Road Traffic Offences

Intervention Orders: What are they and how do they work?

The TGB Criminal Law Team discusses the intricacies of Intervention Orders and the ways in which they can be challenged or removed with the assistance of a lawyer.

The TGB Criminal Law Team outline the intricacies of Intervention Orders and the ways in which they can be challenged or removed with the assistance of a lawyer.

Following an altercation or argument with a domestic partner, neighbour, colleague or any other individual you may find yourself served with an Intervention Order (formerly known as a restraining order).

Being served with an Intervention Order can be a very stressful and worrisome experience.

It is vital to understand just what an Intervention Order entails, how they come about and what options you have should you be served with an Order.

An Intervention Order can arise from a wide range of altercations that do not necessarily involve violence. For an Intervention Order to be issued, the police or Court need to be satisfied that you will, without intervention, commit an act of abuse against someone.

The definition of ‘abuse’ is broad and can include physical, sexual, emotional, psychological or economic abuse. The result of this abuse also has a broad interpretation and can include physical injury, emotional or psychological harm, unreasonable denial of money or personal autonomy and damage to property.

Intervention Orders are being served in increasing numbers. There is no doubt that they can be very restricting.

An Intervention Order is always specific to an individual and can include a restriction on the minimum distance you must maintain from an individual or property, a restriction on your ability to contact an individual and a restriction on what you can post on social media about an individual.

Not only can an Intervention Order be issued to protect a person who has experienced an act of abuse but it can also be issued to protect a child who may hear or witness an act of abuse being committed against someone else. This can cause difficulties in family situations when a parent finds him or herself in a situation where they cannot have contact with their children.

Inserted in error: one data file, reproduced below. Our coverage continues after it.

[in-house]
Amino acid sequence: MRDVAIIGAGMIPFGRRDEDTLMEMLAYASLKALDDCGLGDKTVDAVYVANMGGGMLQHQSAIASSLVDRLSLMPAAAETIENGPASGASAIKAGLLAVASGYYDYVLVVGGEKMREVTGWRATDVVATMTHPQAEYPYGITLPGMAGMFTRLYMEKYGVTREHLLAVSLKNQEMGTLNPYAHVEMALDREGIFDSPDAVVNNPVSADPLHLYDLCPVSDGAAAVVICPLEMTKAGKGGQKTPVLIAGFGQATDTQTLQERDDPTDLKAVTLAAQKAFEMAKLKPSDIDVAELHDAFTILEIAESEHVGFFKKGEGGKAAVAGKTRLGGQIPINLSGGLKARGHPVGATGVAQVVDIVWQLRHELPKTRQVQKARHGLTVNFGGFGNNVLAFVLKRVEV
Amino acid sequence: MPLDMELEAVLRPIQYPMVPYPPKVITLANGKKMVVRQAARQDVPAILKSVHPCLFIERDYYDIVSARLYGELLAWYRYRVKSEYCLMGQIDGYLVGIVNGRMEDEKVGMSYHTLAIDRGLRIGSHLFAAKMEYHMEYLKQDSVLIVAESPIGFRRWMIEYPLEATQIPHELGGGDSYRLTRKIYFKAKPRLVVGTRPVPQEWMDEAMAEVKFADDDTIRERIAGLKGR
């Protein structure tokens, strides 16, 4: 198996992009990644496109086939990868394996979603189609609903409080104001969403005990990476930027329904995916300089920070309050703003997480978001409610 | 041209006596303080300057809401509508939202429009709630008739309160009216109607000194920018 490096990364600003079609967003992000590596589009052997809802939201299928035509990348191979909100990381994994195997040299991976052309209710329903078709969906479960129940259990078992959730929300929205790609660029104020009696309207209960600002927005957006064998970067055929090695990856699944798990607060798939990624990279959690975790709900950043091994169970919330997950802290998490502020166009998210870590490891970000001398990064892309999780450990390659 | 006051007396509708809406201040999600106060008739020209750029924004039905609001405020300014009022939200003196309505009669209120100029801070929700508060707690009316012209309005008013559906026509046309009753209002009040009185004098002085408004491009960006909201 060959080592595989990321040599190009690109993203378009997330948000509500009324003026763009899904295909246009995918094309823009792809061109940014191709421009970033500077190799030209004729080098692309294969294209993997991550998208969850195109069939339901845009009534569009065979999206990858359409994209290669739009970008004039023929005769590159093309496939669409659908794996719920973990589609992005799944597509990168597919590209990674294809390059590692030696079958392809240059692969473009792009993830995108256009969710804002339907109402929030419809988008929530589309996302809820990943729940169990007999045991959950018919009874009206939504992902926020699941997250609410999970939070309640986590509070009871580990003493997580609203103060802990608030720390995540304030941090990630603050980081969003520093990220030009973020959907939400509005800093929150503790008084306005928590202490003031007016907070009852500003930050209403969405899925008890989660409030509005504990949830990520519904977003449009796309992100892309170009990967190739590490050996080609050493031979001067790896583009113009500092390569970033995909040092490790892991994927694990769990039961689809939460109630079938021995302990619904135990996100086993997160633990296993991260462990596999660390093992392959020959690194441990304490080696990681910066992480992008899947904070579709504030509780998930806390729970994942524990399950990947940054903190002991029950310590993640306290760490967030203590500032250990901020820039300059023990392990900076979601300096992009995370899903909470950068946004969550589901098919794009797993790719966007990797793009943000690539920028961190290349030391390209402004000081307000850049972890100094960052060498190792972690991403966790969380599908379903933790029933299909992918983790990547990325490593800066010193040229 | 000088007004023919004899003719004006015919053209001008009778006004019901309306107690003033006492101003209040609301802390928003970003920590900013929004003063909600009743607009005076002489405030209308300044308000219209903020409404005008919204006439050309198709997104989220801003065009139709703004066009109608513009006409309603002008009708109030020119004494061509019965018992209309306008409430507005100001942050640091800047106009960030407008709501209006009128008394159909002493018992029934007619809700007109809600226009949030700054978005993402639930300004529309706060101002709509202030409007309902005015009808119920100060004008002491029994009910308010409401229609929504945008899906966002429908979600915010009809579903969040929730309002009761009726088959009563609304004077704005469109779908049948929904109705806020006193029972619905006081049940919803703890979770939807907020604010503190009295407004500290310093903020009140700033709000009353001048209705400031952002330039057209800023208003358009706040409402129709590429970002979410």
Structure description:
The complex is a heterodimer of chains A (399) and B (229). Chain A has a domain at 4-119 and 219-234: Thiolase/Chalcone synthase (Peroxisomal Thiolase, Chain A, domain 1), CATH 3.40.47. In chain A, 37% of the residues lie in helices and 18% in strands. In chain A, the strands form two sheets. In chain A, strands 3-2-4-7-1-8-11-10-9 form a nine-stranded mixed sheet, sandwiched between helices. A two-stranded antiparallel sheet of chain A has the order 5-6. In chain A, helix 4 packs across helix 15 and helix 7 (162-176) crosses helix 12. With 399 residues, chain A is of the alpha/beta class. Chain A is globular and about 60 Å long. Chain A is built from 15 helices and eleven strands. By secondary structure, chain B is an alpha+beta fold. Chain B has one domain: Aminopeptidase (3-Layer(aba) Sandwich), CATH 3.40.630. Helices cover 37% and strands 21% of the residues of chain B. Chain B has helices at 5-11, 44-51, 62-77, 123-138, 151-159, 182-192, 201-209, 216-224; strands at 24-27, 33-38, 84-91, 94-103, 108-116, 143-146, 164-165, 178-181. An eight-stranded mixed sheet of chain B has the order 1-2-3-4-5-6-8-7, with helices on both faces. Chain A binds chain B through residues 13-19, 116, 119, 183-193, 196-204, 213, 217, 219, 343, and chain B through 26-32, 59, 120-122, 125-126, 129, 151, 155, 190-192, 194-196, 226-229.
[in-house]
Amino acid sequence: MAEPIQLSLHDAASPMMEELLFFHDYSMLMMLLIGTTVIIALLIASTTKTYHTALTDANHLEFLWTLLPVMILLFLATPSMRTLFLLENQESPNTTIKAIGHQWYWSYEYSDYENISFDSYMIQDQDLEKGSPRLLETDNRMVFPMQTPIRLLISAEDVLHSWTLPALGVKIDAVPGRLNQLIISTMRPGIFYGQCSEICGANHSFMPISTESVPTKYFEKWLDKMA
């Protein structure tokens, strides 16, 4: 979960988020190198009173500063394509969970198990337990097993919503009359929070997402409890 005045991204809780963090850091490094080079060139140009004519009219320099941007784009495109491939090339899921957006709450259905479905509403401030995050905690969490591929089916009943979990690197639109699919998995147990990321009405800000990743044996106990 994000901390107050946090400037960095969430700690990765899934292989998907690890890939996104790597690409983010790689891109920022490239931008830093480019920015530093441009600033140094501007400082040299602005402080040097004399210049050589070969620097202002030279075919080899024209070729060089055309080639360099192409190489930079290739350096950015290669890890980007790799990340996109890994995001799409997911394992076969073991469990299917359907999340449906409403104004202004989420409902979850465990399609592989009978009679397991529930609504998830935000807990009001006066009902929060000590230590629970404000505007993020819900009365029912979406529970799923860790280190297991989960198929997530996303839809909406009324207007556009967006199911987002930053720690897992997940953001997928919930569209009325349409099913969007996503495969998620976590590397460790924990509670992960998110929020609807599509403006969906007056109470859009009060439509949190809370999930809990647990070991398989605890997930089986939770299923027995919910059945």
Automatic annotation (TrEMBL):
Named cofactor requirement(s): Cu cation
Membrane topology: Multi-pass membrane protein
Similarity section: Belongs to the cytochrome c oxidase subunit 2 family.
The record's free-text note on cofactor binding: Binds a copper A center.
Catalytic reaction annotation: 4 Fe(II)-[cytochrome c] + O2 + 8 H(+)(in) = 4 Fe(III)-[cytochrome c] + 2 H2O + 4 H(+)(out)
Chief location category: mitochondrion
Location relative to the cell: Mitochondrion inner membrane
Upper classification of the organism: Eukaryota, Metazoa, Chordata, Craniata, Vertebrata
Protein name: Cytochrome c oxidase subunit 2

In addition, an Intervention Order can require you to take part in a program to address any temper or violence issues.

If you receive an Intervention Order, you will be given a date in the future when you must attend court.  At Court, you must indicate to the Magistrate whether you wish to accept or contest the Intervention Order. If you wish to contest the Order, then you will need to be able to rebut or challenge the allegations made by the other person that you have committed an act against them or will commit an act of abuse in the future. A lawyer will be able to assist you in challenging the allegations made against you.

If you accept the order, or the court enforces it, a 12 month timer will start. After that time, you can apply to have the Intervention Order revoked.  The ‘protected person’ is entitled to apply to the Court to revoke the Intervention Order at any time.

The terms of the Intervention Order commence the moment that you are served with the Order and they remain on foot until the Order is revoked by the Court.

Intervention Orders are difficult matters and require legal advice to explain the terms of the order. A breach of an Intervention Order can result in your arrest and if found guilty you can then be imprisoned for a maximum of two years. For that reason it is imperative that you understand the details of the Intervention Order in order to ensure that you do not breach the Order.

If you have been served with an Intervention Order it is crucial to seek legal advice regardless of whether you wish to accept or challenge the Order.

For advice contact your nearest TGB office.